Since early March, the Jewish interwebs have been joking about needing to practice urchatz, ritual hand-washing, more often during the seder this year. As Jews across the world adjust to life under various restrictions put in place for our health, it’s becoming clear that this year’s seders will be different from all other seders.
Passover has historically been a Jewish holiday whose observance has been heavily influenced by contemporary events. Not only is it one of the most important and popular Jewish holidays, but the main story of Passover, the Exodus story, is a story that remains relevant every year. We use the haggadah to tell the story of how the Jews left slavery in Egypt for the promise of a strange land, far away.
Though the Exodus story can be found in the Torah, our haggadahs often speak to more modern times. The Survivors’ Haggadah, for example, was used by Holocaust survivors in DP camps in 1946 and addressed the experiences of those who survived the Shoah, relating it to yeztiat mitzrayim, the Exodus from Egypt. The Szyk Haggadah had a similar mission: Written in the 1930s, it told about the rise of fascism in Europe using the Exodus story. Though this year, our fear is stoked by disease rather than fascist leaders (okay, maybe both), it’s clear we need to adapt the haggadah for our times.
Of all the traditional parts of the seder to embrace this year, the 10 Plagues should be given priority (although urchatz should not be disregarded — hand-washing is indeed extra important!). The 10 Plagues are, in my opinion, an essential part of the Exodus story, and they allow us to better understand Aaron and Moses as nascent Israelite leaders, following God’s instructions to lead the Israelites out of slavery in Egypt. The plagues, more importantly, allows us to understand Pharaoh, and in turn, the Egyptians.
The plagues begin when the water of the Nile, which was the main source of water (which was essential to life) in Egypt, turns into blood because Pharaoh refused to let the Israelites go. We learn about the next eight plagues — frogs, lice, flies, livestock, hail, boils, locust, and darkness — in a similar manner. Moses and Aaron (typically following God’s instruction) talk to Pharaoh. They ask him to let the Israelites go. Pharaoh says no. Egypt, and Egyptians in turn, are subject to a new plague.
Each new plague brings a different form of destruction to Egypt, threatening the fruits of the land, people’s bodily autonomies, and more. Each plague brings greater destruction, not just to Pharoah, who is the one who refuses to let the Israelites go, but to his subjects, the people he rules over.
It’s the killing of the firstborn, the 10th and last plague, that evokes a different reaction. It is, likewise, the only plague that precedes a discussion between Pharaoh and Moses, rather than following it. At last, the Israelites are able to leave Egypt. Yet permission to leave comes at a high cost. Every Egyptian firstborn, regardless of their age or socio-economic status, is killed. Their cries, upon realizing this horror, elicit Pharoah to tell Moses and Aaron that they not only can go, but should go. The Egyptians join in, urging Moses, Aaron, and the Israelites to quickly leave Egypt.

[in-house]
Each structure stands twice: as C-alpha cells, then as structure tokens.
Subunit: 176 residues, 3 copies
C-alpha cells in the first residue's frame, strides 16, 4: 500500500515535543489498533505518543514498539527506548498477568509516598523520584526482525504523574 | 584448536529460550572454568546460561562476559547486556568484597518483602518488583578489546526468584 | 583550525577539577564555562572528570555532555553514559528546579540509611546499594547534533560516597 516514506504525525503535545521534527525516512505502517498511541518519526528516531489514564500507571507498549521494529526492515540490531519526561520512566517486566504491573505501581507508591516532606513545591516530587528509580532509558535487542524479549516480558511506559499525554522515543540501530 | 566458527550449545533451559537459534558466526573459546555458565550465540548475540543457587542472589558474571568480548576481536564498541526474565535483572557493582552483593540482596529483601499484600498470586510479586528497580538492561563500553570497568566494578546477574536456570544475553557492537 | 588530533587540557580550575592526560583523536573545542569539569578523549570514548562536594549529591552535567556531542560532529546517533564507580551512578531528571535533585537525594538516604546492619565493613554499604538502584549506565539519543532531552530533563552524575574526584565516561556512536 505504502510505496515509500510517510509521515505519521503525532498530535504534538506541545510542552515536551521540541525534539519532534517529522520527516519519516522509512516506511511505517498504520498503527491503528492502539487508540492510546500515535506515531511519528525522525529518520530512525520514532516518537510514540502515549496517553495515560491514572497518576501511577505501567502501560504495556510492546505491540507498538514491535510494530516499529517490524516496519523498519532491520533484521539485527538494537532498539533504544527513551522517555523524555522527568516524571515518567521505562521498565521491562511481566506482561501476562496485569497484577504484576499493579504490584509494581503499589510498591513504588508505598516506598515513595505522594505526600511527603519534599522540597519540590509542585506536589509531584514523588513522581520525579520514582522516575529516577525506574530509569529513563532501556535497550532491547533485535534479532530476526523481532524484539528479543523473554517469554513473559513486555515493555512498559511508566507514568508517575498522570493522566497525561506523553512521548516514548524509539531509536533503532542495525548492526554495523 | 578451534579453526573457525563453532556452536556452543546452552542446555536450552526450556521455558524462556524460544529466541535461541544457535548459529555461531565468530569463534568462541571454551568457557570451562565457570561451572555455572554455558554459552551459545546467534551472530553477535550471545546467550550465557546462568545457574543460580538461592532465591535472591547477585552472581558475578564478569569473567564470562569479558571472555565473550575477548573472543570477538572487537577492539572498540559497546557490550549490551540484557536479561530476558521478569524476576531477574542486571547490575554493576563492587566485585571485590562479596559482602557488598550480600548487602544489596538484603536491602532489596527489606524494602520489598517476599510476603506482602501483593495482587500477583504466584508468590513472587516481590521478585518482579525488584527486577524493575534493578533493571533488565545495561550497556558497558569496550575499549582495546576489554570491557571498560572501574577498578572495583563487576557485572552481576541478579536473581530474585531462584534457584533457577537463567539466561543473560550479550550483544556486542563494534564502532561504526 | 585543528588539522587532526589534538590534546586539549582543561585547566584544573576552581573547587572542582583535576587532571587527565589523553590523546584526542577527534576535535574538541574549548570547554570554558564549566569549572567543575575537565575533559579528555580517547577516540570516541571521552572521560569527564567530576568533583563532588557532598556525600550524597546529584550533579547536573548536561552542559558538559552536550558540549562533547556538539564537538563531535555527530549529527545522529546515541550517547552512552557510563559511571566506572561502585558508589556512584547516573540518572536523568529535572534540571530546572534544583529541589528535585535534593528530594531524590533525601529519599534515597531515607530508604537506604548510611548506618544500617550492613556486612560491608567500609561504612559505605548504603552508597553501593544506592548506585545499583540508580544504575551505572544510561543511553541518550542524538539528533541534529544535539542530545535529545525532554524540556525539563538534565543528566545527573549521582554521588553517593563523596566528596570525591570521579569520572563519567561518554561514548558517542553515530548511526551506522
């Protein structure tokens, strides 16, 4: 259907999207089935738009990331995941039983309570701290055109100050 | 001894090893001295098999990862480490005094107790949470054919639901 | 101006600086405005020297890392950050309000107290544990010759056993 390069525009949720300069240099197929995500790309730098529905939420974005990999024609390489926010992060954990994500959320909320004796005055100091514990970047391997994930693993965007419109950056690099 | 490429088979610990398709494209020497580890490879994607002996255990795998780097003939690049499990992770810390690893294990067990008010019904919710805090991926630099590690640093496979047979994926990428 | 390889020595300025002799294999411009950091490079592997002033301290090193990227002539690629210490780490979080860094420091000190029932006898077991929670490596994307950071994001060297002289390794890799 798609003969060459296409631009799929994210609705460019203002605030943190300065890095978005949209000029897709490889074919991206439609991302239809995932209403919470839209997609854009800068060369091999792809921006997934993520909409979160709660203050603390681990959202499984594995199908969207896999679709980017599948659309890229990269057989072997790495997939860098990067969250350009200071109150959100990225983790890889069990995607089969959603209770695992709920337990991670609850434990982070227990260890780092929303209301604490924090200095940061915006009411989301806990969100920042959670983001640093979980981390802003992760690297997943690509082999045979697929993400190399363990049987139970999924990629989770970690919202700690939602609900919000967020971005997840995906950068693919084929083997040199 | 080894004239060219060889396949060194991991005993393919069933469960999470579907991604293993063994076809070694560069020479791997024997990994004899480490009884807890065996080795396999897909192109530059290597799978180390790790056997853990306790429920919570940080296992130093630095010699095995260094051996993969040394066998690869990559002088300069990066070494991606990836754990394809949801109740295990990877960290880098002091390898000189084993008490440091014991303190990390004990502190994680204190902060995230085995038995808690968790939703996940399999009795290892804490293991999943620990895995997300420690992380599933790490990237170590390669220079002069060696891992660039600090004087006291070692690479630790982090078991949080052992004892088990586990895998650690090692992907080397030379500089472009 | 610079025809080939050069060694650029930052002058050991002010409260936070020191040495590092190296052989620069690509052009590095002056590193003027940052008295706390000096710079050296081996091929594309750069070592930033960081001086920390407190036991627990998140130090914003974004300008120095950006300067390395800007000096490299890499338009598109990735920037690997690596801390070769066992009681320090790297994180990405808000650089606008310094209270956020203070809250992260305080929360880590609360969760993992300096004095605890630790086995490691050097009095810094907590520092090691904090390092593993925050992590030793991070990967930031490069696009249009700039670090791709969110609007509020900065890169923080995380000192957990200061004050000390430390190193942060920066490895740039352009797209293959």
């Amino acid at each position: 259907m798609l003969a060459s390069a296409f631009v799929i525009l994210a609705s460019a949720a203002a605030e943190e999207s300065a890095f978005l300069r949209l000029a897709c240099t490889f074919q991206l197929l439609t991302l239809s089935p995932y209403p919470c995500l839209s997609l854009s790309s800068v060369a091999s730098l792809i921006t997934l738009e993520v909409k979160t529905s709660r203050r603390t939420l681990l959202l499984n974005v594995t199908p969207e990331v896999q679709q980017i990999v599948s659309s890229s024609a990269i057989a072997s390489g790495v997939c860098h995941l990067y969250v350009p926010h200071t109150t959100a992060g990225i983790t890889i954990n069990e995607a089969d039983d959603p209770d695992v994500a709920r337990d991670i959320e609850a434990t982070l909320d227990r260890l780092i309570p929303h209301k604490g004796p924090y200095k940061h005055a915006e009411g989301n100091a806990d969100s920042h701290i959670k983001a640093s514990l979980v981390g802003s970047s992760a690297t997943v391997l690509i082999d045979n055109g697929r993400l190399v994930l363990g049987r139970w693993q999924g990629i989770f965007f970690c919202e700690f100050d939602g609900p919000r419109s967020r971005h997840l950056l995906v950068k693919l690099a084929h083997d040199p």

A common part of retelling the 10 Plagues is to spill one drop of wine (or grape juice) for each plague. One explanation for this is that we, as Israel, must understand that our wine, AKA joy, is diminished because we were saved due to the suffering of the Egyptians, which is a pretty radical idea when you think about it. Here we are, gathered for one of the most important Jewish holidays, and we must think about the lengths it took to secure our freedom rather than being free itself. We must remember that our freedom had a very real cost: human life.
But still, most years, we move on from the 10 Plagues and don’t spend a much more time thinking about everything the Eyptian people went through. Sometimes, we even turn the plagues into a fun activity for kids — handing out plague finger puppets or masks, throwing plastic frogs across our family tables.
This year, the pain of the Egyptians is more palpable than it’s been in a while, if ever. Each day there is a new onslaught of information about the dead, the dying, and the sick. This year, we must sympathize with the Egyptians more than ever. This year, we must be hyper-aware that freedom — from fear and from disease — as well as freedom to embrace our loved ones, to travel freely, to gather together, cannot be taken for granted.
Too many of us are reacting harshly, whether vocalizing anti-Chinese sentiments or hoarding too much supplies, therefore taking from others who also need food, cleaning supplies, and, of course, toilet paper. The current pandemic is bringing out our individualist tendencies, rather than solidarity among communities. Too many of us are acting like Pharaoh, ignoring the early plagues (the calls for social distancing, science-based evidence) until things get so dire, the pain becomes unimaginable.
The Egyptians cried upon finding their dead children. It was an unimaginable act that threatened Egyptian society. This year, as a real-life pandemic claims the lives of too many, we can feel their pain and confusion all the more acutely. We can cry right along with them, and never again take for granted the cost that it takes to be free.
Header Image design by Grace Yagel.